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Leaving the United States

Difficulties Leaving Home - Frank Scarfino

Time 0:02:25


Because I had all these memories about—I shared earlier about—"How could you do this to your mother? How could you do this to your family? How could you do this to people who loved you? How could you do this to your country? You're a communist. You're a traitor." So, I had all that in my head and yet I felt — it wasn't that I can't, you know, it's different than what you hear today about Syrian refugees. So, I can't say that I was thrilled about it. I hate to say that, but I was glad I was here because I didn't want to get drafted. But it was awful. You know it was—even later on when I uh—Waterloo. I didn't become a Canadian citizen right away. That's maybe a better indication. Several years—at that time in the seventies, school boards were being asked to—I think would be exert—there was some pressure being exerted on school boards to hire Canadians first and I was still American. Waterloo board was really good. They didn't pressure me, but it was more and more obvious in the news that this was coming. So, I became a Canadian. And I remember going to the post office to sign the forms and this is several years later and my hands were still shaking. That was several years later. So, I can't say I was—I was sort of a rah-rah Canadian. It was just—it was awful because it was my home, the United States. I still think about Syracuse as my home—home, and I remember that instance, the RCMP were there to greet—greet us. It was different in the United States. They were being nicer, greeting you and welcoming you to be a cit—you know—becoming a Canadian citizen and welcome to Canada. It was me that was—that had the hard time.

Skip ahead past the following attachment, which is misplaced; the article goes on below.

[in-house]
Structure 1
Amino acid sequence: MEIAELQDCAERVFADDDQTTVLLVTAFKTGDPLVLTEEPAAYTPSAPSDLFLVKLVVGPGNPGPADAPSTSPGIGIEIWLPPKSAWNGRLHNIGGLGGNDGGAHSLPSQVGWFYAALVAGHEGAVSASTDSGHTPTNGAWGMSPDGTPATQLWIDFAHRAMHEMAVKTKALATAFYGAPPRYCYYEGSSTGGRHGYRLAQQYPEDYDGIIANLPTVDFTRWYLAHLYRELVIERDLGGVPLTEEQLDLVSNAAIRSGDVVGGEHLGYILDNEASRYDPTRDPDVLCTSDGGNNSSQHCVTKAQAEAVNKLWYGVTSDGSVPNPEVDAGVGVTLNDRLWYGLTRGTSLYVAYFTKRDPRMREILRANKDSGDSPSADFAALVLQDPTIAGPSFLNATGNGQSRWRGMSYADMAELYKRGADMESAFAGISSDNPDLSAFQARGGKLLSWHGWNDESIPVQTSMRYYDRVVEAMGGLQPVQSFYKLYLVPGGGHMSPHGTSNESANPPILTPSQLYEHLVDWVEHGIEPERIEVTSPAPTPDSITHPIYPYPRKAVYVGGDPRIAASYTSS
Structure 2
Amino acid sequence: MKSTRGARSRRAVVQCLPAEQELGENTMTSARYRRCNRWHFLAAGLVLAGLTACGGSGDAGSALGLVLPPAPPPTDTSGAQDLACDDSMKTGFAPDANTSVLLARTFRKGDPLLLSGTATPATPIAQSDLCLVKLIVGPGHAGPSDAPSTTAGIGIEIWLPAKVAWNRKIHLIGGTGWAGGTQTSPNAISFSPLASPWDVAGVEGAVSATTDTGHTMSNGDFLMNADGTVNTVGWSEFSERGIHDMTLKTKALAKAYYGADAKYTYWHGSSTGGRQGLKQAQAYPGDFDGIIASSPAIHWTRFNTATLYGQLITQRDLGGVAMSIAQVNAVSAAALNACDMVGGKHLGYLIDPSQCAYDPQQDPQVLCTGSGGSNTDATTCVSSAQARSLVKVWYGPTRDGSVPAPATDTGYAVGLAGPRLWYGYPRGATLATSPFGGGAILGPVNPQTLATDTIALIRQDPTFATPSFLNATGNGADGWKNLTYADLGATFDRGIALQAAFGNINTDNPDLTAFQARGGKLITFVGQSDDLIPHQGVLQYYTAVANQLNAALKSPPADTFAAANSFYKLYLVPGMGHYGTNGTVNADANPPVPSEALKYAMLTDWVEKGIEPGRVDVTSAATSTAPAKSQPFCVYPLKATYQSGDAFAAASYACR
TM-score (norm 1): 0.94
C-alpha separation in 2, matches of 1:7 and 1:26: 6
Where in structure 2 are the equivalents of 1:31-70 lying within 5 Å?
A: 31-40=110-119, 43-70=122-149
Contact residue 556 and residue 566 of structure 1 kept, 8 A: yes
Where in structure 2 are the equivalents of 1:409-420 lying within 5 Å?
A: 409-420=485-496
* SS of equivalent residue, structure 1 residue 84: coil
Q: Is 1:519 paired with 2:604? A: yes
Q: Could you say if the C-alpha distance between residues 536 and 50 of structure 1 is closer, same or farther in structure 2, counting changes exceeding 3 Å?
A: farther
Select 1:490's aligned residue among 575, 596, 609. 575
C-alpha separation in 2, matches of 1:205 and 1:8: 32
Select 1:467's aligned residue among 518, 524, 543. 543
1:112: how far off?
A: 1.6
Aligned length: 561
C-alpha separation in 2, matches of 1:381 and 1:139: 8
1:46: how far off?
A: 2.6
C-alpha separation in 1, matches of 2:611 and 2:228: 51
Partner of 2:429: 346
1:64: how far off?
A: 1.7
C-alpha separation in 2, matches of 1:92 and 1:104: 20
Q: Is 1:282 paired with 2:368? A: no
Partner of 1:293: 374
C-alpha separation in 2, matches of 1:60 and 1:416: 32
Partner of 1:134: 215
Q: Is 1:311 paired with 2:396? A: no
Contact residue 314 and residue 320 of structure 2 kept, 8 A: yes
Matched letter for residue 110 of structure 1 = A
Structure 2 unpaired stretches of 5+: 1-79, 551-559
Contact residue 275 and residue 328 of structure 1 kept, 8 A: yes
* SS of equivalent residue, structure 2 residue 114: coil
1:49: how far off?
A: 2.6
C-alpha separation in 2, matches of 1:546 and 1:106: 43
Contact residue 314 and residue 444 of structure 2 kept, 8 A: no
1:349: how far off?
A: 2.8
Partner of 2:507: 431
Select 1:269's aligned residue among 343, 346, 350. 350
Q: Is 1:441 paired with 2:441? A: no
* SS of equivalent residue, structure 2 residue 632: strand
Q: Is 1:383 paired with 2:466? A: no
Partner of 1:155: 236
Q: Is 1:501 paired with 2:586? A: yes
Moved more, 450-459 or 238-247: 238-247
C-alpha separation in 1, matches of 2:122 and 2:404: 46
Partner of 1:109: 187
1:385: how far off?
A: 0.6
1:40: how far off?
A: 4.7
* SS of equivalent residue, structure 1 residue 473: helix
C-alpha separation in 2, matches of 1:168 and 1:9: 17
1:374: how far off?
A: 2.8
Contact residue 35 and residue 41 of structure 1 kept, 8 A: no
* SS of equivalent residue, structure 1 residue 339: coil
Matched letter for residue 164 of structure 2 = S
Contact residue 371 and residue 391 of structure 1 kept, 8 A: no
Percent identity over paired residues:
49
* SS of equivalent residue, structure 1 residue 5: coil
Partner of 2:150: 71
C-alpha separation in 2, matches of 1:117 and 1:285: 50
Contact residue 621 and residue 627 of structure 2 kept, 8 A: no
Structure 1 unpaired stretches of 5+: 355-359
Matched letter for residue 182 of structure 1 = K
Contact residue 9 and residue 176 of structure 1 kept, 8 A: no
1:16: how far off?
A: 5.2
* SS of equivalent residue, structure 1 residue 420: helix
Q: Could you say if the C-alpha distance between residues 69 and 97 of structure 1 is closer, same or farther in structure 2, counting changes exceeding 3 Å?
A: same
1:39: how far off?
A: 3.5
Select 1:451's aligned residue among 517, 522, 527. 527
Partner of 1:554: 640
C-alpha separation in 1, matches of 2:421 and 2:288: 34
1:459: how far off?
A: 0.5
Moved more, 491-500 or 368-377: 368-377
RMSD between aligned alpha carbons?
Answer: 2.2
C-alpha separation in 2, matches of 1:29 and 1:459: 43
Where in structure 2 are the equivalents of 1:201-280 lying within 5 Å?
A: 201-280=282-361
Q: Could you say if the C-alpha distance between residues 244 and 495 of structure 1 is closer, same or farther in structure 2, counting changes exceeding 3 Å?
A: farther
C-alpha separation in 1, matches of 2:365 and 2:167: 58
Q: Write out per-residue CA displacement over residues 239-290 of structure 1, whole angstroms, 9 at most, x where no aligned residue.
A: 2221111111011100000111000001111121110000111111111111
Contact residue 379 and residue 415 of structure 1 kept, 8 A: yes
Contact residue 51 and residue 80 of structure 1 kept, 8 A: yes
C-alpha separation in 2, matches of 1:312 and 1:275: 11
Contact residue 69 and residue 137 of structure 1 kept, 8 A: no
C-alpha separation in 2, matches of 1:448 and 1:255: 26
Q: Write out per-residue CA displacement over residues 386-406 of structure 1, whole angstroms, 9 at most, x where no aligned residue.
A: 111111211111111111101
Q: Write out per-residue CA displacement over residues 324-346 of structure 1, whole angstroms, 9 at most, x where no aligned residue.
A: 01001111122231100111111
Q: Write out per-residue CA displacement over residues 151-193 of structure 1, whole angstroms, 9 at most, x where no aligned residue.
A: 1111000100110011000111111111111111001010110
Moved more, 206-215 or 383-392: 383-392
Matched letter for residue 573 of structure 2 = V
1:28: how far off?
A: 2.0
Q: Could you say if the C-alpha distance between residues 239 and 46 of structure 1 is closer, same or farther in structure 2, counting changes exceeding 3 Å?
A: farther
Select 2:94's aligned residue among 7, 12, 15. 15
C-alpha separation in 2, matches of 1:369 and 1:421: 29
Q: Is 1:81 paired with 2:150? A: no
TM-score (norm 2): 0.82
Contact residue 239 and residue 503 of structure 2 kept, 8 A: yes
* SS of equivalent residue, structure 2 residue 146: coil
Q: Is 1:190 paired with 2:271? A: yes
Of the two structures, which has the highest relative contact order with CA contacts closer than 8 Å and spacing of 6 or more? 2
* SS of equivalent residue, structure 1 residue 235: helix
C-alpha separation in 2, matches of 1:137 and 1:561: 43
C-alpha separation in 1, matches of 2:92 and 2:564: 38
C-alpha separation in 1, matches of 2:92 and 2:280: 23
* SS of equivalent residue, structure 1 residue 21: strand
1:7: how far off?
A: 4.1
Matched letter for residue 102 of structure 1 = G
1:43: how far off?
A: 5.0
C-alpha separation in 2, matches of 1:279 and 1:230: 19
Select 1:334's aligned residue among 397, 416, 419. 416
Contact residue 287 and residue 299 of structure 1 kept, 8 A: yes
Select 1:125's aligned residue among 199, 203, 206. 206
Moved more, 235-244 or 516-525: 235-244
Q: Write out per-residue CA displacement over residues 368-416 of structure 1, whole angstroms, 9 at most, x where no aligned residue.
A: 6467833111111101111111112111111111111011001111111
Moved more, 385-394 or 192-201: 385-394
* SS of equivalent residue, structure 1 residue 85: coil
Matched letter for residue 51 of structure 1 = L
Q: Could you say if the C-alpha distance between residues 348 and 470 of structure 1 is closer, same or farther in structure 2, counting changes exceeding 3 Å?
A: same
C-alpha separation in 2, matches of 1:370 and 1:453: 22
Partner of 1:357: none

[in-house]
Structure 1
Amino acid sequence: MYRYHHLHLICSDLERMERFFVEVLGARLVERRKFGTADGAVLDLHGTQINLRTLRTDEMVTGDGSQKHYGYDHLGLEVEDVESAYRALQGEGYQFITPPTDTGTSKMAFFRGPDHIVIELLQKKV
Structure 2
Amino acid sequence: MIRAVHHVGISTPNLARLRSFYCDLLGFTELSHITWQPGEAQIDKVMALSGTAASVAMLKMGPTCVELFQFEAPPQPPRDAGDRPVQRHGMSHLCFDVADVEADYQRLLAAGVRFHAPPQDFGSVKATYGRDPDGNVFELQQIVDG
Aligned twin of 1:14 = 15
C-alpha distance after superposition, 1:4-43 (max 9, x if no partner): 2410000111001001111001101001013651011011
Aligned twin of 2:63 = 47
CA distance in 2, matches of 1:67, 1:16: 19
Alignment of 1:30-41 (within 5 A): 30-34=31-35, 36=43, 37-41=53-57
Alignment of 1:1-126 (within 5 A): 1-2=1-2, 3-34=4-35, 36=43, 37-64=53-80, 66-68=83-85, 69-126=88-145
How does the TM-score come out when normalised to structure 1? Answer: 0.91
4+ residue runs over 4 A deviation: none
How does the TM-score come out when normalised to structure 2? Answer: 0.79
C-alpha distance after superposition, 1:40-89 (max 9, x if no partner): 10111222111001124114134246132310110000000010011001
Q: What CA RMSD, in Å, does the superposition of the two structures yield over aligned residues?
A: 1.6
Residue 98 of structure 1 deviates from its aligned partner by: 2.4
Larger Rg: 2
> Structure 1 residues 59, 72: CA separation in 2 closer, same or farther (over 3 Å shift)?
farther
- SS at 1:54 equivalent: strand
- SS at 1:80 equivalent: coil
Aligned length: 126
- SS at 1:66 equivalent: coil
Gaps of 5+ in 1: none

Oral History 16.03.04FS with Frank Scarfino
Canadian Museum of Immigration at Pier 21